What Will Pittsburgh Parking Study Accomplish?
What Will Council’s $250,000 Parking Study Accomplish?
City Council wants to leave no stone unturned and wants to make sure that when it decides to approve or disapprove of any agreement the Mayor reaches with a potential lessee of parking facilities that will provide funds to bolster the City’s ailing pension funds it will base its decision on a thorough examination of facts and options. That’s why, with the blessing of the City’s oversight board, Council will spend $250,000 to engage a consulting group to study the lease-for-pensions deal.
But one has to wonder what another study will provide at this point in the process, especially in light of the fact that the analysis is focused on collecting the exact same data as the bid process that is far along toward completion. It is reasonable to speculate it could be either one or a combination of the following reasons.
1) Council wants to delay the process—Consider that the Parking Authority already has seven bidders interested as evidenced by responses to a Request for Concessionaire Qualifications (RFQ) that came on March 19th. The RFQ detailed the facilities that were being put up for consideration and how the process would work, including a proposed timeline that anticipated final proposals coming in July 2010 and a close to the transaction in November of 2010. Surely Council must have considered the possible reaction to the new study by the companies bidding on the parking lease. Some companies might well conclude that their efforts are for naught and decide not to submit a reasonable bid—or no bid, believing Council will never approve any bid.
The reason for the timing is clear. The pension fund will be valued again in January of 2011: if the ratio of assets to liabilities remains under 50 percent, the Commonwealth will take over administration of the plans and attempt to get them back to health. Barring a change in the existing state law that is the trajectory the lease deal is on. Even separate timelines proposed in letters in the newspapers—one by the Mayor, one by a member of Council—envisioned a Council decision coming in September of 2010, the former by the 1st of the month, the latter by the 28th. There is a real possibility that a separate study of the issue could impact when steps in the process occur. Indeed, Council will undoubtedly delay any vote on an agreement brought by the Mayor until the new study is finished and has been thoroughly reviewed.
2) Council does not trust the information it is getting—This a very complex transaction involving not only the legislative and executive branches of City government but a related Authority (a City Council member serves as a board member), an advisory task force (the same Council member is on this task force), lawyers, and bond counsel all involved in a deal with huge ramifications for City taxpayers, pensioners, people who park in the City, the business community, etc.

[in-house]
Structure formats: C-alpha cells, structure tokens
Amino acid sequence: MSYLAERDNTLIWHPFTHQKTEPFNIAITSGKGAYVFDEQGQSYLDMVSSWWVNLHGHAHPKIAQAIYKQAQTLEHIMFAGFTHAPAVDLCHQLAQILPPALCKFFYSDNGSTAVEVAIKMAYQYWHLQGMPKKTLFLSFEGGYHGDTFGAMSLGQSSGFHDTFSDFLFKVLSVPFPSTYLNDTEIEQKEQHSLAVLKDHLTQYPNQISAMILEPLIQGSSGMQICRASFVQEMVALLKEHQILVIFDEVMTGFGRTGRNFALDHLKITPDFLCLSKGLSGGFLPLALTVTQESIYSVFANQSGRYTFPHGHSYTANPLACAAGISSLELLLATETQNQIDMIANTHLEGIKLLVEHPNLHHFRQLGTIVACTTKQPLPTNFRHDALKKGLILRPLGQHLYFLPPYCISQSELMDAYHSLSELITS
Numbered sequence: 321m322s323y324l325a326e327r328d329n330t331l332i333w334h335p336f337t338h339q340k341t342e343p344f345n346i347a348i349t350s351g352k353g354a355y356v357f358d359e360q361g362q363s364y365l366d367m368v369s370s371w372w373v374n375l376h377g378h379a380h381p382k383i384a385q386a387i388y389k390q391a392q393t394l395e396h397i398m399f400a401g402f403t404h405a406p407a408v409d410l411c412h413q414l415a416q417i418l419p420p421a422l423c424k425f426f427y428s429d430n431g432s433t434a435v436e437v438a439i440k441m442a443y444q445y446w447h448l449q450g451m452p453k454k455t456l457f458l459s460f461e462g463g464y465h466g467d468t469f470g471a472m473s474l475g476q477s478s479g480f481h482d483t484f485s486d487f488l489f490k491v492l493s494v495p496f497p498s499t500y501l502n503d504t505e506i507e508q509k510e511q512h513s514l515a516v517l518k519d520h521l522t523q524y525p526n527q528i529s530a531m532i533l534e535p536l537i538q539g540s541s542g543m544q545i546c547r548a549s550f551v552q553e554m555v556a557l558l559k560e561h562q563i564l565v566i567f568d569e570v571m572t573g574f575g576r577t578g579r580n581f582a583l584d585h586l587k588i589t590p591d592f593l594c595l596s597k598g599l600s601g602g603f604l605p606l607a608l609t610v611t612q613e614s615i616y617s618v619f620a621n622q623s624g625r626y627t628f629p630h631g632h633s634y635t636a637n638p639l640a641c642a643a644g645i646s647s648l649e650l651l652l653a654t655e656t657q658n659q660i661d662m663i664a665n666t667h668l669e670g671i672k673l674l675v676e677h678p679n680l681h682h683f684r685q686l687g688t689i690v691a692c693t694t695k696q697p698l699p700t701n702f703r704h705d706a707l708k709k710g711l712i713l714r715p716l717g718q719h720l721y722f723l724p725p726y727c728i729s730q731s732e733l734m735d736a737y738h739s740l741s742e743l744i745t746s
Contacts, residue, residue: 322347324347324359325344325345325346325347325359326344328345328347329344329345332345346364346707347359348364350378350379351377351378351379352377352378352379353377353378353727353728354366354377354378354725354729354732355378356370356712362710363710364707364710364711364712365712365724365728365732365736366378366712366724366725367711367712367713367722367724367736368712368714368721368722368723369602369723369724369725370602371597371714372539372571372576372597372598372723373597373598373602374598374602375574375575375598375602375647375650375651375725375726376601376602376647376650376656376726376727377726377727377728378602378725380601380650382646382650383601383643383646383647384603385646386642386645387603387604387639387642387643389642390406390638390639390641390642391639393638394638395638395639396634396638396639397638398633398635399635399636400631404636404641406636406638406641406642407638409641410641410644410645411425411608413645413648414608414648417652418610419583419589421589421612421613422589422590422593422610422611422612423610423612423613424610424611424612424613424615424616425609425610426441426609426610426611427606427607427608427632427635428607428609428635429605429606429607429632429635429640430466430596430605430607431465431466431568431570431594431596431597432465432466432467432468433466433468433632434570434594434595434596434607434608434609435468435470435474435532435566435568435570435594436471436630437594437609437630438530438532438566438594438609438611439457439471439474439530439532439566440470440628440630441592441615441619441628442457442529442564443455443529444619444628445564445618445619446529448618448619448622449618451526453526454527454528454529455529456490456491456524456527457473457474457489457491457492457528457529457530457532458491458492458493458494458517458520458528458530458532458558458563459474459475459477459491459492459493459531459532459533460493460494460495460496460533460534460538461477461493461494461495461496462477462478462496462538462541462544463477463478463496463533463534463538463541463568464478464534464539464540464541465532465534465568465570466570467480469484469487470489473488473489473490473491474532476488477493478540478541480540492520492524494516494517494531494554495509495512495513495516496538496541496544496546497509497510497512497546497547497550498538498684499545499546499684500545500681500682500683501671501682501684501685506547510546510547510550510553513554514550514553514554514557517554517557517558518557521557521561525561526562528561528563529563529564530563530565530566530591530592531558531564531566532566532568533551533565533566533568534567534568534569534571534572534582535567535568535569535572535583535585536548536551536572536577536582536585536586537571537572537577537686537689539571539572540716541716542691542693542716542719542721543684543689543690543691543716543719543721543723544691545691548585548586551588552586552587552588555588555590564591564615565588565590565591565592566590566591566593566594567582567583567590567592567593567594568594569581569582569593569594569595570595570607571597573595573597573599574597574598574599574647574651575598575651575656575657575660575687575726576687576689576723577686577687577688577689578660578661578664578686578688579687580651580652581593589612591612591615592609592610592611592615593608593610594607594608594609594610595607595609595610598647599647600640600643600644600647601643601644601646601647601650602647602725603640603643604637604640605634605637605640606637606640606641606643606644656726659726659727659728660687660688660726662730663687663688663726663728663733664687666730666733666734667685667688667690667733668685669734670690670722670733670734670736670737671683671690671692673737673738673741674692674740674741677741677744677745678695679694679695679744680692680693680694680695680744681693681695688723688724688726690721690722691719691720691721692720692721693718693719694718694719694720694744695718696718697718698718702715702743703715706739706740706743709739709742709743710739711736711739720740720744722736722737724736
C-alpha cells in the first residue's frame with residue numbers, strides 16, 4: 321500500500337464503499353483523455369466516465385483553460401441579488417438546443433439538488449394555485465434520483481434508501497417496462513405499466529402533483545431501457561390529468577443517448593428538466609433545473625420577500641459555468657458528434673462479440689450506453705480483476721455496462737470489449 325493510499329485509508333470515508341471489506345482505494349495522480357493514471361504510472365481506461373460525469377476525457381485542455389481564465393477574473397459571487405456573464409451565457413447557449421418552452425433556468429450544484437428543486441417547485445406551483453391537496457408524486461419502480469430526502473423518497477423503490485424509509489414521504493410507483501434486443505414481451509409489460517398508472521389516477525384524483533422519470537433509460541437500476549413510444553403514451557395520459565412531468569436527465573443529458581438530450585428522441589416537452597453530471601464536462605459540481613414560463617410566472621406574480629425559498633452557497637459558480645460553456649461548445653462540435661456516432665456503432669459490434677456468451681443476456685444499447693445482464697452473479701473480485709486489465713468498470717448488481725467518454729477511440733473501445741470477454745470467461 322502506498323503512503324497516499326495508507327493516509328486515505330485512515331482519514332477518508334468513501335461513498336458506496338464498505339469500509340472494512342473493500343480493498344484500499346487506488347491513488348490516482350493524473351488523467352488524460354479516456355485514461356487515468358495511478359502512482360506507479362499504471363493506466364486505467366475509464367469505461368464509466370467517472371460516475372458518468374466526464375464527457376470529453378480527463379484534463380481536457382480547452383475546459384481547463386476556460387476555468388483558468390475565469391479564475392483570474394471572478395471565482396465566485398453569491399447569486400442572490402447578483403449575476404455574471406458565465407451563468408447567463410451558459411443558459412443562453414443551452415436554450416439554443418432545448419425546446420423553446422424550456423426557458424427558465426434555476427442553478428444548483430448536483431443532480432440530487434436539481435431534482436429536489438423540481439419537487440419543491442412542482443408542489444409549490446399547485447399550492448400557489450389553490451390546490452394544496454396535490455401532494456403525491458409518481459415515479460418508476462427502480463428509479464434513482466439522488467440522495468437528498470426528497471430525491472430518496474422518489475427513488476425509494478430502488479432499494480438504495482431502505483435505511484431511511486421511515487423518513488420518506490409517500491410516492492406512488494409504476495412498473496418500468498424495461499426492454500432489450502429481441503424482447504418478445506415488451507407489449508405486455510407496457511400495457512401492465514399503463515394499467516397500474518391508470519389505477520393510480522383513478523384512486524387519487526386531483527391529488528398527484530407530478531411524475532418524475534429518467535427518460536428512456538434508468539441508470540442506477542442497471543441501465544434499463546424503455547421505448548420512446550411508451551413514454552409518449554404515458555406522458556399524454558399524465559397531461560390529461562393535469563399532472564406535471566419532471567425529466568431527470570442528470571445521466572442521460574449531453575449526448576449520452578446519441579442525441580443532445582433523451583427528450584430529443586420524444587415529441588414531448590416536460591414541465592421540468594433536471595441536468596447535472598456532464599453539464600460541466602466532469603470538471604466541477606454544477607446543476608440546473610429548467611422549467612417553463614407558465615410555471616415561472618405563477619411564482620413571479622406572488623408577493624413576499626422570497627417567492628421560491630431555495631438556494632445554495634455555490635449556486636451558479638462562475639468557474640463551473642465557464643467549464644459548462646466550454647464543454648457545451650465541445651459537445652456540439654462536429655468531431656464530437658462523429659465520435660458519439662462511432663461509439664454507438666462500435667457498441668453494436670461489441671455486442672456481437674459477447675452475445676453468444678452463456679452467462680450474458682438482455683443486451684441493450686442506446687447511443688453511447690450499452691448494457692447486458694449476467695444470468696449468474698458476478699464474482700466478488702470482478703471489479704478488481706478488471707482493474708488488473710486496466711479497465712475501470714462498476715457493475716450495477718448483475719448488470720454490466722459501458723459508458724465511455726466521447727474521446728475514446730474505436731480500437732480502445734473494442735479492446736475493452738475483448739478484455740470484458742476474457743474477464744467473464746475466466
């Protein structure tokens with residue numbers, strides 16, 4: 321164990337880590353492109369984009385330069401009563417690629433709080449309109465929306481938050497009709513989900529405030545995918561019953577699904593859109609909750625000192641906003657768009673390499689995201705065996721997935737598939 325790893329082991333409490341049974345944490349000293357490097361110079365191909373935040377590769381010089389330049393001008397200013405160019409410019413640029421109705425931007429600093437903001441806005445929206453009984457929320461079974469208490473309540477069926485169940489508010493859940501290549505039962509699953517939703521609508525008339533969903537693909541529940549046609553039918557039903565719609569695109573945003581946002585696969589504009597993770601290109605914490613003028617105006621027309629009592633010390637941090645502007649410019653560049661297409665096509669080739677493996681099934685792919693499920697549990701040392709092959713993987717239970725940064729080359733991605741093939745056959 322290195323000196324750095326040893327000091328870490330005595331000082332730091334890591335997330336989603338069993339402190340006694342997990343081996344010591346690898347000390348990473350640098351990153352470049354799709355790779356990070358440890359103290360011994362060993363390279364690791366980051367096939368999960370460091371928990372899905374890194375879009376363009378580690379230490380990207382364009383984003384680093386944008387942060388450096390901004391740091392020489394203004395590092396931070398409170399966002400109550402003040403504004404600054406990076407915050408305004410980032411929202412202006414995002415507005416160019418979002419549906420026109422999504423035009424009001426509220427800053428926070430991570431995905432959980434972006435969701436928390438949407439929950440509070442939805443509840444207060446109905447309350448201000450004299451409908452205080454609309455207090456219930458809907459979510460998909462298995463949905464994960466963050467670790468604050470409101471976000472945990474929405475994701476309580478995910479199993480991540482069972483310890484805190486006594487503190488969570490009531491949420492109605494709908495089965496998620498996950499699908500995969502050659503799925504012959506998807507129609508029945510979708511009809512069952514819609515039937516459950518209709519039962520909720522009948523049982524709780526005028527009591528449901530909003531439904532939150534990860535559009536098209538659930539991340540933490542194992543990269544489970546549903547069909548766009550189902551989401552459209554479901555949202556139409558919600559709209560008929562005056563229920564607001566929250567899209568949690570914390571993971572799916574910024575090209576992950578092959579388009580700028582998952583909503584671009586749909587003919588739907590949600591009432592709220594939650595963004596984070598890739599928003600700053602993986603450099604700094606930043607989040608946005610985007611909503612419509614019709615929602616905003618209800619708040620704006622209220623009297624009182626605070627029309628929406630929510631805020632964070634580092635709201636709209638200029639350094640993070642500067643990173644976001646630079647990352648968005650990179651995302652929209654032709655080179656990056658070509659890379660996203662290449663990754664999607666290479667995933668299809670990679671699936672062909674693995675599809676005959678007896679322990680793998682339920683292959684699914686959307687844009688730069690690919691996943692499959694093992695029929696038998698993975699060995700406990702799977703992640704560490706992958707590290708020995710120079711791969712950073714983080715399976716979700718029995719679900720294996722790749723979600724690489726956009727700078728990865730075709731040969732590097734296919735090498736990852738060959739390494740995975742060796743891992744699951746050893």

It appears there are trust and/or communication issues at work here. Recall that when Council originally proposed doing its own study in March at a price tag of $50,000 the oversight board chair turned down paying for the study noting that "we’re not interested in paying for something that develops a separate set of data when that data has already been developed … [Council’s study plan] asks for the same data points the city has put forward." Yet curiously enough the oversight board just signed off on allowing Council to spend five times as much on the newly approved study.
3) Council wants to derail privatization—Having a private interest lease the garages and lots owned by an authority has already caused a lot of anxiety in certain quarters of the City, from the Downtown business community (one official was worried about "a private operator coming in and doing whatever the heck they want" in regards to rates) to the Authority itself (the board chair noted that "no one will lose their jobs as a result of this transaction").
It is reasonable to assume that a successful bidder will not want to compete with a public, tax-exempt entity that could once again buy or build new facilities during the life of the lease. So the terms of any lease will include iron clad, legally binding provision that will prevent the City, the Parking Authority or any other City authority from buying or building parking facilities during the term of the lease.
If it is shown that the City can effectively end its involvement in garage and lot parking that could pave the way for other attempts at privatization, a road Council is almost certainly opposed to. Meanwhile, the study could come out in favor of an alternative method rather than a lease that will provide strong grounds for Council to reject any bid proposal.
In the end, Council has the ability—if it feels it has been rushed, if it feels that it has not been given all the best information, or if it feels that public policy is changing for the worse—to oppose the lease deal and vote it down and let the pension takeover occur as planned. That can be accomplished without another study.
Still, in light of the seriousness of the challenges Pittsburgh faces in getting pension funding to 50 percent by January next year, dilatory tactics are just what the process does not need.
EricMontarti, Senior Policy AnalystJake Haulk, Ph.D., President
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